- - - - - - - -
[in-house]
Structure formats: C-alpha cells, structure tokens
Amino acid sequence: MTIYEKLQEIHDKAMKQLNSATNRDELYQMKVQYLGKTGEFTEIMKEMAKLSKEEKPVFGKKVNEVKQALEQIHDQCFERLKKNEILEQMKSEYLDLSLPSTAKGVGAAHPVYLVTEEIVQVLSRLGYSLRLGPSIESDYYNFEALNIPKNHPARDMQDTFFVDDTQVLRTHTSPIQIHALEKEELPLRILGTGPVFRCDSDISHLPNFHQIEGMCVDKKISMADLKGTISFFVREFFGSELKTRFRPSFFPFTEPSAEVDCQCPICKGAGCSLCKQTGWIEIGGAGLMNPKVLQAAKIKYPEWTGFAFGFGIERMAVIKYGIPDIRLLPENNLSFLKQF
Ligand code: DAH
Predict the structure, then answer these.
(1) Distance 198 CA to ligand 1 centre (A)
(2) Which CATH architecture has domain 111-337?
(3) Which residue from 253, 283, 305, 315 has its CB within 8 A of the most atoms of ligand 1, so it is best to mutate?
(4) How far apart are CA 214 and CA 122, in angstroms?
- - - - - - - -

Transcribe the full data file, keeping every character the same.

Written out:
[in-house]
Structure formats: C-alpha cells, structure tokens
Amino acid sequence: MTIYEKLQEIHDKAMKQLNSATNRDELYQMKVQYLGKTGEFTEIMKEMAKLSKEEKPVFGKKVNEVKQALEQIHDQCFERLKKNEILEQMKSEYLDLSLPSTAKGVGAAHPVYLVTEEIVQVLSRLGYSLRLGPSIESDYYNFEALNIPKNHPARDMQDTFFVDDTQVLRTHTSPIQIHALEKEELPLRILGTGPVFRCDSDISHLPNFHQIEGMCVDKKISMADLKGTISFFVREFFGSELKTRFRPSFFPFTEPSAEVDCQCPICKGAGCSLCKQTGWIEIGGAGLMNPKVLQAAKIKYPEWTGFAFGFGIERMAVIKYGIPDIRLLPENNLSFLKQF
Ligand code: DAH
Predict the structure, then answer these.
(1) Distance 198 CA to ligand 1 centre (A)
(2) Which CATH architecture has domain 111-337?
(3) Which residue from 253, 283, 305, 315 has its CB within 8 A of the most atoms of ligand 1, so it is best to mutate?
(4) How far apart are CA 214 and CA 122, in angstroms?